Two dozen state employees earn $200,000 or more and are among nearly 3,600 state workers paid at least $100,000 per year, according to the Pittsburgh Tribune-Review.
The paper cited an analysis of payroll records from the three branches of government and various commissions and agencies.
Figures from the state Department of Labor and Industry indicate that 7.4 percent of working Pennsylvanians made $100,000 or more between 2007 and 2009. The average salary in all sectors in 2009 was $44,436.
The records indicate that the highest-paid state employee, Chancellor John Cavanaugh of the State System of Higher Education, makes $327,500. System spokesman Kenn Marshall said Cavanaugh, who proposed freezing management salaries this year, would not comment on his pay. But he noted that the salary has not changed since Cavanaugh was named chancellor in July 2008, and his salary and those of the university presidents are below the national average in the Chronicle of Higher Education's most recent annual survey.
Second-highest is James Preston, president and CEO of the Pennsylvania Higher Education Assistance Agency, or PHEAA, who makes $319,999 a year. Spokesman Mike Reiber said Preston would not comment but added that "recruiting and retaining experienced leaders to guide the agency requires a unique blend of skill, experience and industry knowledge." He noted that the agency guarantees more than $190 billion in student-loan assets held by nearly 400 lenders and employs nearly 2,500 people.
The paper said it assembled payroll for the executive, legislative and judicial branches, including state row offices and independent agencies such as the Gaming Control Board, Turnpike Commission and Pennsylvania Higher Education Assistance Agency. Those earning $100,000 or more included physicians, elected leaders, judges, investment officers, college professors, corrections supervisors and state police sergeants, the paper said.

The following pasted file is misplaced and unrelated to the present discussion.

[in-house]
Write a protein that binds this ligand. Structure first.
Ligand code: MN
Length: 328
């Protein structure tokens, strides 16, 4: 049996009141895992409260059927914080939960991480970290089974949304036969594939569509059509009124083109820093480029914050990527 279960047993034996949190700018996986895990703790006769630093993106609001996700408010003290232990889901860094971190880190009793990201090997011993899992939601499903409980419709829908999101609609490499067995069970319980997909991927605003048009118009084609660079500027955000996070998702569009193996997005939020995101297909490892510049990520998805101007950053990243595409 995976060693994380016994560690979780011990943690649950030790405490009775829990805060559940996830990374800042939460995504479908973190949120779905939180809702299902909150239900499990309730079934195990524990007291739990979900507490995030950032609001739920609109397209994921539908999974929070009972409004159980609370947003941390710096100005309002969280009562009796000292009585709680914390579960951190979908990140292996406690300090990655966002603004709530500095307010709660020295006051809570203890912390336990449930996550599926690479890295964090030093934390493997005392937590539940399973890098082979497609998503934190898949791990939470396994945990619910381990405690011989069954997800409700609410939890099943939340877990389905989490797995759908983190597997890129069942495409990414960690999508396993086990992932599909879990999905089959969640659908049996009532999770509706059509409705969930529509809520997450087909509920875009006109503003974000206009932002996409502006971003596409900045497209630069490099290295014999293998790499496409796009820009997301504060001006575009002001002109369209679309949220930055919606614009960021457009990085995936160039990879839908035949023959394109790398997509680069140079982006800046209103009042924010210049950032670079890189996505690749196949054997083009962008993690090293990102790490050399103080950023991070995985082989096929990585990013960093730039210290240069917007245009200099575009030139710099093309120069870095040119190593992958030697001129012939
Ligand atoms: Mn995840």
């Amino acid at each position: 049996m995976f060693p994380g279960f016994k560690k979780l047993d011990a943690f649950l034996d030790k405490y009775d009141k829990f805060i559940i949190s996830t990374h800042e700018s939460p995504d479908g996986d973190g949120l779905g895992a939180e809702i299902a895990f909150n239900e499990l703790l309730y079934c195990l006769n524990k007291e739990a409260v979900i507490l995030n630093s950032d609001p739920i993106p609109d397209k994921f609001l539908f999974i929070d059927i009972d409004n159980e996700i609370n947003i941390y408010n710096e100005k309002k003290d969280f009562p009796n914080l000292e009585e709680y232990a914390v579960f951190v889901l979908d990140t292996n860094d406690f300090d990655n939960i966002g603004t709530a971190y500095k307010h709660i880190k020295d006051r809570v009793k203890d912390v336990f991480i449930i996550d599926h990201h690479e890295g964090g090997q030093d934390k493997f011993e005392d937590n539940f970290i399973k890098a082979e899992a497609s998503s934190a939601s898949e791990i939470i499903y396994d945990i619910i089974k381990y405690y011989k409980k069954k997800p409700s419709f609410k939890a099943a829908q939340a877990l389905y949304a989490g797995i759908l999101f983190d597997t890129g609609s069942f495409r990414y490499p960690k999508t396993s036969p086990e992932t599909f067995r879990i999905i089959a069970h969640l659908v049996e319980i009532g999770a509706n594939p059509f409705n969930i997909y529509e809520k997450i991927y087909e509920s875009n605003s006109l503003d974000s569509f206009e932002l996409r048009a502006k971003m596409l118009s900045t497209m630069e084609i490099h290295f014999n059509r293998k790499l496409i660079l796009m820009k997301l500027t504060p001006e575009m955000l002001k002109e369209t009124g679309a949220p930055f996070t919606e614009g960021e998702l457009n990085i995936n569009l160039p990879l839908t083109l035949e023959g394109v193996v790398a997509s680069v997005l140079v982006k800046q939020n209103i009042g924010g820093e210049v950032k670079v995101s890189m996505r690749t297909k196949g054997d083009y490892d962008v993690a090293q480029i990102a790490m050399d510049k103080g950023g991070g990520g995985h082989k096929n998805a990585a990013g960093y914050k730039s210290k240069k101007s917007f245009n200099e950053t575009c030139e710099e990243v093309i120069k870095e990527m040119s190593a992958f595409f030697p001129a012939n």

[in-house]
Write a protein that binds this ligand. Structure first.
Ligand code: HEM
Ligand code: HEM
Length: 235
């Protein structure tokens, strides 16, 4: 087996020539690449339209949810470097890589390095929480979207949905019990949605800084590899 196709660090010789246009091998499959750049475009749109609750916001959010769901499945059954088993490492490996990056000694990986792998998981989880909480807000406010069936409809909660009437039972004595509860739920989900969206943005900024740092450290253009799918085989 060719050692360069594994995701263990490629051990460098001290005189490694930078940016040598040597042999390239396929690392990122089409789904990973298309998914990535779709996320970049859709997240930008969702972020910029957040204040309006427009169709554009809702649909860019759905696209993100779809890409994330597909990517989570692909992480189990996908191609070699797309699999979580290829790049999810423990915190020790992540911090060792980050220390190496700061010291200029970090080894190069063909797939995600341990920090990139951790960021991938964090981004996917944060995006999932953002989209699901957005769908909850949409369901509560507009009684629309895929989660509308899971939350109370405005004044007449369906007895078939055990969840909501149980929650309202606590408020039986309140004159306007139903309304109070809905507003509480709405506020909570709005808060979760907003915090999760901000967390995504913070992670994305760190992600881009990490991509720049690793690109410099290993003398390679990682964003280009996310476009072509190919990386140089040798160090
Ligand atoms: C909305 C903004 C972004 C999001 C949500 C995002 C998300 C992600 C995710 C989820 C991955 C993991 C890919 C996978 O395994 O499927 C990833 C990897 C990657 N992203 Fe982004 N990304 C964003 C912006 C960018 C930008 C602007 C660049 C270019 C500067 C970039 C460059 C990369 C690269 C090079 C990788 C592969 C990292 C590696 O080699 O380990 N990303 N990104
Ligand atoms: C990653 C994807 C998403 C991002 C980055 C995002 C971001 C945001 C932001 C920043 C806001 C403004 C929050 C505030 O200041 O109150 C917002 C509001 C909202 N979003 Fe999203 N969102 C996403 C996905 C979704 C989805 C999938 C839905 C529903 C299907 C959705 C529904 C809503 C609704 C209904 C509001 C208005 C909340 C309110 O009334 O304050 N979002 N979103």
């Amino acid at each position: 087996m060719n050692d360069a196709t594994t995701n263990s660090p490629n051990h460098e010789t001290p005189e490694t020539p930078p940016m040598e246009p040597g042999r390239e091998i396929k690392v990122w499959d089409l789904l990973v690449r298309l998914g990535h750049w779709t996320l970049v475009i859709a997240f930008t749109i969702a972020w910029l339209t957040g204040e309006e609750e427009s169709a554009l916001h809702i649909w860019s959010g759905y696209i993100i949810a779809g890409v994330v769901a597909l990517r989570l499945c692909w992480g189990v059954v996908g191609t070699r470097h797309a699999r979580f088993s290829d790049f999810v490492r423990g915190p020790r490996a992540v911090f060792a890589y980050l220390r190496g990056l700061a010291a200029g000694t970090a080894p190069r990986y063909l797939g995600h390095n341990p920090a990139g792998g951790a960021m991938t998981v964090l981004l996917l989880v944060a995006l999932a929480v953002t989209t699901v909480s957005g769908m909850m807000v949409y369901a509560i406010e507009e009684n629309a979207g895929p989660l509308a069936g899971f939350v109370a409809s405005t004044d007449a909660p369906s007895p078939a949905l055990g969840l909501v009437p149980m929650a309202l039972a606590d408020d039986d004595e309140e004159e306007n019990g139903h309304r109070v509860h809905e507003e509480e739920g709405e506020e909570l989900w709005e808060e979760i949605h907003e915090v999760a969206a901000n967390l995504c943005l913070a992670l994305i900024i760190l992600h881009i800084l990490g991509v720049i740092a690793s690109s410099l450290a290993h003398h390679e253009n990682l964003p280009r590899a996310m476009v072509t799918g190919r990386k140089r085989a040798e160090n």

To help address the state's budget crisis, Gov. Tom Corbett, whose $177,401 salary ranks him 86th on the list, has proposed slashing university spending by 50 percent. His press secretary, Kevin Harley, said the paper's review review "demonstrates that state-supported higher education cannot be the only recession-proof industry in Pennsylvania."
House Republican Policy Chairman Dave Reed, R-Indiana County, who as a legislative leader makes $90,792, said "everybody focuses on the Legislature" when debating salaries, but executive and judicial salaries not only exceed legislative salaries but also that of the governor.
University presidents, professors, administrators and those in the agency overseeing 14 state-owned universities accounted for 1,490 or 42 percent of the 3,579 state employees reported to be making $100,000 or more. Other agencies and institutions with substantial numbers of people making that or more include the judiciary (591), the Department of Public Welfare (181), and state police (180), the paper said.
Officials with the state's university system concede that faculty members, whose compensation is set through collective bargaining agreements, are well-paid by industry standards. Most of their salaries rank around the 85th percentile when compared to a survey of universities the Chronicle of Higher Education published in April.
Philadelphia attorney Ken Jarin, chairman of the system's board of governors, said it had the lowest tuition increases of any state system in the country during the past six years - about 3.3 percent a year - and has difficulty recruiting and keeping university presidents. Eleven presidents retired or announced departures since 2005.
"In the world of Harrisburg, those salaries appear high. They are higher than the governor and most people in state government. But in the arena we are competing, those salaries are very, very low," Jarin said.
Although Supreme Court Chief Justice Ronald Castille, the presiding officer in the judicial branch, is the third highest-paid chief justice in the United States at $195,138, according to a January 2011 salary survey by the National Center for State Courts, he makes less money than 28 other Pennsylvania state government employees, the paper said.